Add a Hand Pump to an Electric Well

Learn how to install a backup hand pump on an existing well and avoid power-outage droughts.

| March/April 1984

  • Hand Pump Design
    The hand pump and electric pump share the same well casing.
    Illustration by MOTHER EARTH NEWS staff

  • Hand Pump Design

A few years back, a severe ice storm knocked out my family's electricity for a couple of days . . . and we suddenly found ourselves without the use of our electric well pump. As we groped about the candlelit house — unable to make coffee, prepare meals, wash dishes, flush the toilet, or even take a sip of tap water (yet all the while keenly aware that just 15 feet below us was all the thirst quenching liquid we could ever want) — we felt like the shipmates becalmed at sea in the "Rime of the Ancient Mariner", with "water, water, everywhere, / Nor any drop to drink"!

I remembered then that when I was a youngster one of our neighbors had attached a working hand pump to his electric well pump . . . and I wished I'd had the foresight and know-how to install a similar fixture on our unit. I made up my mind — then and there — to at least investigate the possibility. It's fortunate that I did, too, because putting a hand pump on our well turned out to be an easy task (even for an amateur do-it-yourselfer like me!).

And if you're looking for a low-cost, nonelectric backup design for a "juice powered" pumping system, my solution just might do the job for you!

Low-Cost Pumping Parts

As shown in the accompanying diagram, our hand pump and its related components are totally separate from the electric unit. The two pumps merely share the same well casing (in this instance, a 6"-diameter pipe that extends 125 feet into the ground). In addition, because the water table is only about 13 feet below the top of our well casing, we were able to choose a simple, shallow-drawn hand pump for our purposes rather than having to buy a more expensive, deep-reaching machine. (To calculate the height of the water table, I just lowered a string that had a small piece of wood tied to the end of it into the well casing until the wood floated and the string went slack, and then I marked and measured the string.)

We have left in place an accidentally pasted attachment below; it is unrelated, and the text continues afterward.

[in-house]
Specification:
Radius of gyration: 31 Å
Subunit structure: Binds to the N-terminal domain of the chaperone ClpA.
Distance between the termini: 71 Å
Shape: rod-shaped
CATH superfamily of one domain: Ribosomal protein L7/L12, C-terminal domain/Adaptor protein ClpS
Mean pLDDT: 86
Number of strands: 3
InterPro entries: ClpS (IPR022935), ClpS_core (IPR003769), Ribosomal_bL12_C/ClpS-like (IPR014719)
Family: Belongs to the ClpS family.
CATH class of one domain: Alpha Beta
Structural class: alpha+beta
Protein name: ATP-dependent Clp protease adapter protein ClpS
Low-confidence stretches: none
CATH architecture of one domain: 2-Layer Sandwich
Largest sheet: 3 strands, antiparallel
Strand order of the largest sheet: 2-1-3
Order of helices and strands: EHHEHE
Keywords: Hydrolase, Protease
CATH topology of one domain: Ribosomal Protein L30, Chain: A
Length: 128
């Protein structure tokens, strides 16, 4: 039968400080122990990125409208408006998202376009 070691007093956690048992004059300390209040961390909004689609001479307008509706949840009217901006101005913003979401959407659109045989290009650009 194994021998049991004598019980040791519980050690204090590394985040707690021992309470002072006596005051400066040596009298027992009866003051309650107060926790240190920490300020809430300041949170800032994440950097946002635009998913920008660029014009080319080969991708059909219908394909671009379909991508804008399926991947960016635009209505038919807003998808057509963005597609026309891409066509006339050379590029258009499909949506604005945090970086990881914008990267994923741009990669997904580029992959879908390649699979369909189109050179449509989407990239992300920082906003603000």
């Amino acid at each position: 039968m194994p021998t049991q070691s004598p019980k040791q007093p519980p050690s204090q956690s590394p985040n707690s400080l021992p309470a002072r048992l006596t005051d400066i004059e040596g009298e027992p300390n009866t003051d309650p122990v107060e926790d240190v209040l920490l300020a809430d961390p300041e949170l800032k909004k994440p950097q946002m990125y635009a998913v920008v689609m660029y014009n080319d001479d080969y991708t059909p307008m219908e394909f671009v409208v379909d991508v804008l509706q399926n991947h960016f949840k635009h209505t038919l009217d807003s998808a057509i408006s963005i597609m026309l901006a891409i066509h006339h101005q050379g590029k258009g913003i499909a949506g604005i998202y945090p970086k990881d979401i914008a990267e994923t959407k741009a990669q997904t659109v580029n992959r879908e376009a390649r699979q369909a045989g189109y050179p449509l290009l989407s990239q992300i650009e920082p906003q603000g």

To set up the hand-operated unit, we gathered the following materials: a Sears, Roebuck & Co. "pitcher spout" hand pump, 25 feet of 1 1/4" plastic pipe, one plastic screw-type adapter (for attaching the drop pipe to the pump), and two 1 1/4" hose clamps (I used one to secure the drop pipe onto the plastic adapter and the other to temporarily affix the drop pipe to the well cap so that the tubing wouldn't "accidentally" fall down into the well casing while we were putting the system together). The total bill for these components, including the pump, came to just under $50. And when you consider that our original well setup cost us a hefty $2,000, this manual backup system was quite a bargain!

The only special tool I needed to install the apparatus was a hole saw with a 1 1/4" bit, which I used to bore a circle through the well cap. And though I opted to build a small wooden pump house out of scrap lumber to mount the water hauler on, you could simply attach the pump to a picnic table or even directly onto the well cap itself.

rungrandpa
9/19/2017 11:49:23 PM

Is there an anti- siphon valve on this system? Is there a danger of contaminating your well with this design?


stevenrstark
9/19/2017 11:49:21 PM

Is there a danger of contaminating your well if it is not totally sealed?


cheyenne_mortensen
8/15/2017 8:53:24 AM

Would you please what kind of pump the nicer one you went to after the first hand pump?











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